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Sergey Gives Russian Music Talk in Lenox

Music: ‘Close Encounters with Music’

For the next in its series of “Conversations With” lectures, Close Encounters with Music presents an intriguing talk on film music of the Soviet and Russian eras.
It’s a gold mine of music of great composers like Prokofiev and Shostakovich, as well as lesser-known but daring musical experimenters.
Presenter Timothy Sergay is a professor of Russian literature and translation at SUNY Albany. Although neither musicologist nor film historian, his passion for, and expertise in, film scores came through in an interview for Compass.

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Jazz At Bard April 21

Music

Damien Sneed, who has recently recorded with Wynton Marsalis, will be performing at Bard College’s Fisher Center with The Levites, a legendary soul ensemble. The event is sponsored by The Catskill Jazz Factory, an innovative incubator of varied jazz and soul styles founded by Englishman Piers Playfair. The program is entitled “Sanctified Soul: 1960s to Today.” 

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Music Mountain: Honoring A Visionary Leader

Music

The 2018 season will be Music Mountain’s first in living memory without Nicholas Gordon, its longtime leader and guiding inspiration. Gordon, who died last October at age 89, was the reigning president and artistic director of the Falls Village-based chamber music festival for the better part of 40 years.

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CD Release Party At Infinity Hall

Music: The Joint Chiefs

Well known NW corner musicians The Joint Chiefs headline a CD Release Party scheduled for Friday, Feb. 2, at Infinity Hall in Norfolk.  The CarLeans open the show at 8 p.m. 
Original songs and covers mine the same Americana landscape favored by many of the acts that frequent the Infinity stage. Repertoire for the evening will focus on material from recent recordings. 

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Poetry on the Piano at Hotchkiss

Music

Serendipity initially brought pianist Leonel Morales to The Hotchkiss School. Presumably more humble means will bring him there again on Friday, Jan. 19 for a recital of Beethoven, Ravel and Liszt. 
Every year some 30 Hotchkiss piano students travel to Florence, Italy, for two weeks to take part in master classes, play with local orchestras and enjoy the art and culture. 

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Clulow’s Voice Grows And Soars With Crescendo

Music

At the last Crescendo concert I attended, which was mostly music of Martin Luther and composers he influenced, one face in the chorus stood out—that of Soren Clulow, a wiry teenager from Housatonic Valley Regional High School. It was a face noticeable not only for its youth amidst a sea of mostly older amateur singers, many retirees, but also because of its animation, positively radiating with the joy of singing Bach and other masters.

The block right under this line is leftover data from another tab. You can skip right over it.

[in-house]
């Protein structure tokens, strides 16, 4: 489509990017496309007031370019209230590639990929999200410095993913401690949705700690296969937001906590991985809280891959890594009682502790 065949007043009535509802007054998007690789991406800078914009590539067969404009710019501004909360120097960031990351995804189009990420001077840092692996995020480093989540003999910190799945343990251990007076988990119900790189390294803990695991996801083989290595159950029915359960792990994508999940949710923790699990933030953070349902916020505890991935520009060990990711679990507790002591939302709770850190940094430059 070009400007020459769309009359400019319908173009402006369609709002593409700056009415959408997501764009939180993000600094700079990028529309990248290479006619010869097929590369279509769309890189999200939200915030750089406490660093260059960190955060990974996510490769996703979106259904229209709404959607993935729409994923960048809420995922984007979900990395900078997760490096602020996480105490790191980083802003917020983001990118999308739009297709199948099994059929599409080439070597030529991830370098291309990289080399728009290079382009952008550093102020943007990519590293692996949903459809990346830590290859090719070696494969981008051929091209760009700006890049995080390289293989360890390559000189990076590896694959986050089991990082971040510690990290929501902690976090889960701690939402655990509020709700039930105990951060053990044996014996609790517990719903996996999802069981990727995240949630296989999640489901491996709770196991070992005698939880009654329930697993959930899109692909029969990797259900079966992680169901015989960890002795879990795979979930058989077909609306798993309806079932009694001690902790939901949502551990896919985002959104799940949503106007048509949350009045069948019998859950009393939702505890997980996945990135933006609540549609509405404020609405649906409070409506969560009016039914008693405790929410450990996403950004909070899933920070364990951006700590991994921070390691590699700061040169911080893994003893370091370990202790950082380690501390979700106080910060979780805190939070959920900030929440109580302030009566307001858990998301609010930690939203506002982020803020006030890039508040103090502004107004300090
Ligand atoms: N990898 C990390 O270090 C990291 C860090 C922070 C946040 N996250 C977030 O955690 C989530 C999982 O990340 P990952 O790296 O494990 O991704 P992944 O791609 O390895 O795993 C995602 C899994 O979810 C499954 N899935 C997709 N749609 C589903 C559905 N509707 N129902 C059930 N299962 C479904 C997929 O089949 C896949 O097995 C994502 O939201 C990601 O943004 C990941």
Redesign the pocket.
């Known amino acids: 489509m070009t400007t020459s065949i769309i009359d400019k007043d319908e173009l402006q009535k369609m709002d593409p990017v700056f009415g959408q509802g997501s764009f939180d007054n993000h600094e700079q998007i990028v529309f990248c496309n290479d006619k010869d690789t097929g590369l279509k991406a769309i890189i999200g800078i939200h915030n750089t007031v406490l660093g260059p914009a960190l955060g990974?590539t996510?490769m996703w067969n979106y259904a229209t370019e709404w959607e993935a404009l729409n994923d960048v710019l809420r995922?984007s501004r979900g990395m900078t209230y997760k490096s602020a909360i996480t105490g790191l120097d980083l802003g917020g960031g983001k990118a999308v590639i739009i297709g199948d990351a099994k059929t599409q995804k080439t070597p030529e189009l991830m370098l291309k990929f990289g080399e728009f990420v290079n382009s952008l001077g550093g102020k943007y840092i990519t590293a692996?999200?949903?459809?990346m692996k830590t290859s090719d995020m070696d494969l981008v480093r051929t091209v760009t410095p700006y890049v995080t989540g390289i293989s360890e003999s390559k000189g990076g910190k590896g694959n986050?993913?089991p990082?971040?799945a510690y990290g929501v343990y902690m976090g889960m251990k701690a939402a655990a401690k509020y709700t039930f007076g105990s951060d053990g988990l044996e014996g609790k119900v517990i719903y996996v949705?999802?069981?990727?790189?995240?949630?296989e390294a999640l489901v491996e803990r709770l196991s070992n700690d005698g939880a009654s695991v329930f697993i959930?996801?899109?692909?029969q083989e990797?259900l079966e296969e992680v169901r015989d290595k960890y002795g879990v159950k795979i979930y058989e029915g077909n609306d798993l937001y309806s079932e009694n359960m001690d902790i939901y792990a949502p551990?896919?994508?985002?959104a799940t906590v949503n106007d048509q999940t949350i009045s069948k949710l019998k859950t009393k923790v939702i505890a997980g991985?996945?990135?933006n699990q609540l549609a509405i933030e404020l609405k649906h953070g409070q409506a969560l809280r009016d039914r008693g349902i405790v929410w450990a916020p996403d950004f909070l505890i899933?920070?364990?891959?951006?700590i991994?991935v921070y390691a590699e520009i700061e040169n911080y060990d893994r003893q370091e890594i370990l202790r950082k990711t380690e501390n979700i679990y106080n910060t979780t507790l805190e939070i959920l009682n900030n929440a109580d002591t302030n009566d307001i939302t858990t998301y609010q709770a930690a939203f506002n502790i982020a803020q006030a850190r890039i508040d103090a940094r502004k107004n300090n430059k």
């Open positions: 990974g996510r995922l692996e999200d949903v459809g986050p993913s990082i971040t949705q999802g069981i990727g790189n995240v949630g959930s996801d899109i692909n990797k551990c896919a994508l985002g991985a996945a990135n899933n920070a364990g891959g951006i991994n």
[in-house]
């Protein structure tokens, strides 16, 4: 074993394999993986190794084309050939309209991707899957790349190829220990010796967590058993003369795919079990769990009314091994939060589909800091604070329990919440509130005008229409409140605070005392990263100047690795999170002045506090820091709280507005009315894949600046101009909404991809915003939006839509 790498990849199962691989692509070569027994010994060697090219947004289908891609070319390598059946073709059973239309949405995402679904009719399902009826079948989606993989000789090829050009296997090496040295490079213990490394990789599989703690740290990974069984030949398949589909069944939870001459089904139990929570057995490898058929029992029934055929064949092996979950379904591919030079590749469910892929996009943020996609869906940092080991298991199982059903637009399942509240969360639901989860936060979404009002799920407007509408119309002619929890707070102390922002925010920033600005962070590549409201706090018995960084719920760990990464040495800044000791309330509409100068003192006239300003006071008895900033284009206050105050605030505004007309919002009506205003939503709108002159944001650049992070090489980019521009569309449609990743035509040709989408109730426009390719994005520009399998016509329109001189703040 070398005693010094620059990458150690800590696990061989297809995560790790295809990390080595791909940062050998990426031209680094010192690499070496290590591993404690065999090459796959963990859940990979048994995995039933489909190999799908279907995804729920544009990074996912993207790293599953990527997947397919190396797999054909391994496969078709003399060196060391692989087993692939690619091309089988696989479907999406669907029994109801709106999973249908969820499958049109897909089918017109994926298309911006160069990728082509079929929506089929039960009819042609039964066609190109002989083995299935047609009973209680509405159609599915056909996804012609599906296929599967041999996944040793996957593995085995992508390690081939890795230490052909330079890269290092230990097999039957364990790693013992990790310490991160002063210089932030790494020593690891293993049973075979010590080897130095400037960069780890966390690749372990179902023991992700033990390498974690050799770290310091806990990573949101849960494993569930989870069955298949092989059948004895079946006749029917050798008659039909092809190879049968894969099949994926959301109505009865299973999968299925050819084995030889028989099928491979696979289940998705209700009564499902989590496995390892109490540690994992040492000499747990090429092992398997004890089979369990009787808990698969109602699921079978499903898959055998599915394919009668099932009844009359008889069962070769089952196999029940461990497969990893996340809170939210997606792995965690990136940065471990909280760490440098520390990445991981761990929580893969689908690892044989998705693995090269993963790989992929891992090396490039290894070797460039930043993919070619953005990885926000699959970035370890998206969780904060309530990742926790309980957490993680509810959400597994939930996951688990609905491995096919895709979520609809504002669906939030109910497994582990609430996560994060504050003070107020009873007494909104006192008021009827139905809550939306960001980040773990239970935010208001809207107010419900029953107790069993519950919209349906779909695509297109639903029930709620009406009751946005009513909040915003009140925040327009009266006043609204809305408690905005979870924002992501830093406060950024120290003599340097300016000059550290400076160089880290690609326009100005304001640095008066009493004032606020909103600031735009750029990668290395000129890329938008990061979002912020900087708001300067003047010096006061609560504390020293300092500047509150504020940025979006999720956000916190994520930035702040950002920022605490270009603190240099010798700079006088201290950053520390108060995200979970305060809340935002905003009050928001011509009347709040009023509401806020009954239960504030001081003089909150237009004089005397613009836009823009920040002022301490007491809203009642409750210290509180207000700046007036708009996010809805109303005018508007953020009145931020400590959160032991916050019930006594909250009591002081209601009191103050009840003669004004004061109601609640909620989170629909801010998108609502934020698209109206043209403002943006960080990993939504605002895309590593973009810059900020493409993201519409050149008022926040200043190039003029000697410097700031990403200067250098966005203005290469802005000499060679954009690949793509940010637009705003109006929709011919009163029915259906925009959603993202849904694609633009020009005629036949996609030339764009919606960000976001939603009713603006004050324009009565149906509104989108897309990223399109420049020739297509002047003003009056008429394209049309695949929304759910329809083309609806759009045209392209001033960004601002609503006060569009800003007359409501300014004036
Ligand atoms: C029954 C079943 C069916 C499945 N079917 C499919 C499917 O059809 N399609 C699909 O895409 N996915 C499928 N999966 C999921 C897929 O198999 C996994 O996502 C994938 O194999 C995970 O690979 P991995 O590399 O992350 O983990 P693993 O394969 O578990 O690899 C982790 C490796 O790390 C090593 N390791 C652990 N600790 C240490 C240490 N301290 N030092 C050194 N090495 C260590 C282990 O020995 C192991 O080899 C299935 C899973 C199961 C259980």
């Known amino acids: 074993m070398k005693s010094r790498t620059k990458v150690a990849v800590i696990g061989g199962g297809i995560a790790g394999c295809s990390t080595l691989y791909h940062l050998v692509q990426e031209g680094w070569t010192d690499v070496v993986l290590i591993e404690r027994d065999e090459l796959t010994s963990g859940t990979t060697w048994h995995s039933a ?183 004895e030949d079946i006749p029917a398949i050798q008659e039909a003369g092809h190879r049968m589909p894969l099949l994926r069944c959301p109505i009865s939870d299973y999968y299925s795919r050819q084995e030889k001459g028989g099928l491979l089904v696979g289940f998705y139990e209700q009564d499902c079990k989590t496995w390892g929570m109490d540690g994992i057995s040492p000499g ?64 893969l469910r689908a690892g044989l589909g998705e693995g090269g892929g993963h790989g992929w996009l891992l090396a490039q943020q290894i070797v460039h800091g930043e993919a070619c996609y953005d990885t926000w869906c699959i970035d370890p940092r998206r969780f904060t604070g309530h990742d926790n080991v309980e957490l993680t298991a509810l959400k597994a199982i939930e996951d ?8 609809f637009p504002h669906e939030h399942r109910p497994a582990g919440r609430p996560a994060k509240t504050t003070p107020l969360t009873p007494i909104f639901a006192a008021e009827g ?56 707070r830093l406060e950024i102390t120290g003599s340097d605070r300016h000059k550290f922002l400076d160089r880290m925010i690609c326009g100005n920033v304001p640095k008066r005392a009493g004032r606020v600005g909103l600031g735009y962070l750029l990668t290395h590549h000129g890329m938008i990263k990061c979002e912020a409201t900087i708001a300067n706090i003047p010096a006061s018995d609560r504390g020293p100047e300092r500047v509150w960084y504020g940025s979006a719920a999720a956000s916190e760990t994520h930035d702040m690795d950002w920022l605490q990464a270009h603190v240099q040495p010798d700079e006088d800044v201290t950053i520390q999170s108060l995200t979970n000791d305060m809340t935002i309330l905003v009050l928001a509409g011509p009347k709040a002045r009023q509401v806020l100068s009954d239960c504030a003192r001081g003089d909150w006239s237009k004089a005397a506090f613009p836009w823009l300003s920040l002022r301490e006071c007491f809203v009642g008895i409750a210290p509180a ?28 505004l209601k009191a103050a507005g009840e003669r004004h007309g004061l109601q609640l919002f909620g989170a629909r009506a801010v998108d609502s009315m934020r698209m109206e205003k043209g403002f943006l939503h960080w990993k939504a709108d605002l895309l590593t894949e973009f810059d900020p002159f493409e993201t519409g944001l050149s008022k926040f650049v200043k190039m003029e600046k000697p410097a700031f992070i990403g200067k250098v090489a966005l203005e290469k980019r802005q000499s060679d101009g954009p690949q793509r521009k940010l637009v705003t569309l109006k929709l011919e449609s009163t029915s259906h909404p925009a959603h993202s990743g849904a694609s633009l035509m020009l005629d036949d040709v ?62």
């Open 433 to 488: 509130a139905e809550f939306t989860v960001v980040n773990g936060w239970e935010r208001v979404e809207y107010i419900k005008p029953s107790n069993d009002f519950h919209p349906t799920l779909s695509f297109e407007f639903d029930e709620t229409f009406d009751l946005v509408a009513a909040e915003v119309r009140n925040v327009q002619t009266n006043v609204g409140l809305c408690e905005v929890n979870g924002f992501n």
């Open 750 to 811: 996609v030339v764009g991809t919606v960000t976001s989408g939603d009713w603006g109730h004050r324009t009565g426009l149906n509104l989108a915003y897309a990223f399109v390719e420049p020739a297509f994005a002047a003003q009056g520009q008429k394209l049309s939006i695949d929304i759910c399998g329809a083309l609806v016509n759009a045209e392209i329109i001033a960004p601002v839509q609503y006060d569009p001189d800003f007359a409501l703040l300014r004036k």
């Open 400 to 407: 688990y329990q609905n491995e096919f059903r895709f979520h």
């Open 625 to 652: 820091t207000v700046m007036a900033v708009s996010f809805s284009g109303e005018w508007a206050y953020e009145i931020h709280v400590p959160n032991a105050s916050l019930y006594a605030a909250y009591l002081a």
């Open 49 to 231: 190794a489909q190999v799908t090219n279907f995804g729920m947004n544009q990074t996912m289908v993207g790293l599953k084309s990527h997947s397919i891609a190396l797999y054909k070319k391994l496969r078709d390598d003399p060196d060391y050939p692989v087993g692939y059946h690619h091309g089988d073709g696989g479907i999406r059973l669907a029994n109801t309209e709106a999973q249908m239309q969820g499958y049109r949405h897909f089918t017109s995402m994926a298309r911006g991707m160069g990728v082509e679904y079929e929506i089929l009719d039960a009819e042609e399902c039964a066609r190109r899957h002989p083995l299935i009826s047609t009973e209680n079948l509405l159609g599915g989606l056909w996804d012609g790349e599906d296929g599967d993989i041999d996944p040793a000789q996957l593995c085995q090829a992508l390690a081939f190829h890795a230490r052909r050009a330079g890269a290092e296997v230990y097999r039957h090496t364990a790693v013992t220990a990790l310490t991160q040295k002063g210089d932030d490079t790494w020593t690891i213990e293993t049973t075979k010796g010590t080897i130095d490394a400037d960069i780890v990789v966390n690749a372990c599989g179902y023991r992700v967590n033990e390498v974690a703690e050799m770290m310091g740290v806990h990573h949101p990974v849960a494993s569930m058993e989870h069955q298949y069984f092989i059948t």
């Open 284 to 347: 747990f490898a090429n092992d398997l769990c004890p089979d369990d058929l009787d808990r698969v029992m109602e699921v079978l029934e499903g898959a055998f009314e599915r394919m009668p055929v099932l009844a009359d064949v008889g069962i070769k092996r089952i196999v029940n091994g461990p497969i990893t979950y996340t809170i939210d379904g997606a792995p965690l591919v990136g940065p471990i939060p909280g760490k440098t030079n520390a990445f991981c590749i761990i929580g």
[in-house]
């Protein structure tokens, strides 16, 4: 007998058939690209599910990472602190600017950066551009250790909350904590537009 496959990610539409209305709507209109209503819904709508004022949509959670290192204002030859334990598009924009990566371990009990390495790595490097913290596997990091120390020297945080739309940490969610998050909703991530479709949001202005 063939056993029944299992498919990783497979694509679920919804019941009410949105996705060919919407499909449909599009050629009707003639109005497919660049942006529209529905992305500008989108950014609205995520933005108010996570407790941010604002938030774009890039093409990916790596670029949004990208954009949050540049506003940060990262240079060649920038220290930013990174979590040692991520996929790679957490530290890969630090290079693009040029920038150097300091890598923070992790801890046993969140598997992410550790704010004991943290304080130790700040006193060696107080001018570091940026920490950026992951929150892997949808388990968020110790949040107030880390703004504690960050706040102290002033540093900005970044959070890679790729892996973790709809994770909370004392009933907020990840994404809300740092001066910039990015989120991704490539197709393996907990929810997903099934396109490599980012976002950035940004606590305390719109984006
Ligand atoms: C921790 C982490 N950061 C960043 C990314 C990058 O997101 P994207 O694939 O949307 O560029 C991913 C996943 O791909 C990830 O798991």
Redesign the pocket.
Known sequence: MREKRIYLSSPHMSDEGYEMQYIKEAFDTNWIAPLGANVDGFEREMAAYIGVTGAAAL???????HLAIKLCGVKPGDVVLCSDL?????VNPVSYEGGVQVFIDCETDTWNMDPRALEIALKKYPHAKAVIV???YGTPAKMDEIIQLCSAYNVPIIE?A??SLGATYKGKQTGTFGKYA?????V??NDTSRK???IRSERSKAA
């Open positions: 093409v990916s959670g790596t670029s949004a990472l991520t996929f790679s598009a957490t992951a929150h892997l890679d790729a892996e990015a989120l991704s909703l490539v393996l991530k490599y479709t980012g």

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Cutting Loose With Bruckner

Music: The Orchestra Now

Wagner without words. Brahms on steroids. Giant musical canvases. Teutonic fury, with brass. Always brass. Lots of brass.
There may be no way to adequately describe a Bruckner symphony. You simply have to experience it.
Fortunately, The Orchestra Now (TŌN), Bard College’s training program for musicians on the cusp of professional careers, was at the Fisher Center for the Performing Arts last week to perform a stirring rendition of Bruckner’s Symphony No. 4, which the composer called his “Romantic” symphony.

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Music As Cultural Catalyst

Not only art and music create the richness of cultural life in our region; the circulation of ideas plays an equally important role. Organizations such as Crescendo, Bard College and Close Encounters With Music (CEWM) go to great lengths to educate their concert audiences as well as to give them satisfying music. The Salisbury Forum and similar speakers’ series promote political and cultural discussion.
 

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Trying New Music: Take the Plunge

Music: ‘The Exterminating Angel’

Who’s afraid of new music? Me, for one.
Sure, I’ve been listening to classical music most of my life and have had plenty of exposure to the modern repertoire — although in music circles, “modern” usually refers to anything from 1900 on.
I’ve sat through performances of Cage’s 4’33”, in which a pianist doesn’t play a note; thrilled to Berg’s atonal operas; and contemplated the Zen-like works of the Minimalists, including Glass and Adams.

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Two Centuries of Protestant Sacred Music

Music

Many people with a bit of musical training, a Protestant upbringing, or both are familiar with the hymn “A Mighty Fortress Is Our God.” And many know it was composed by Martin Luther, the father of the Reformation.
Is it any surprise, then, that Luther composed numerous other hymns? Or that his musical footprint loomed large down through the ages?

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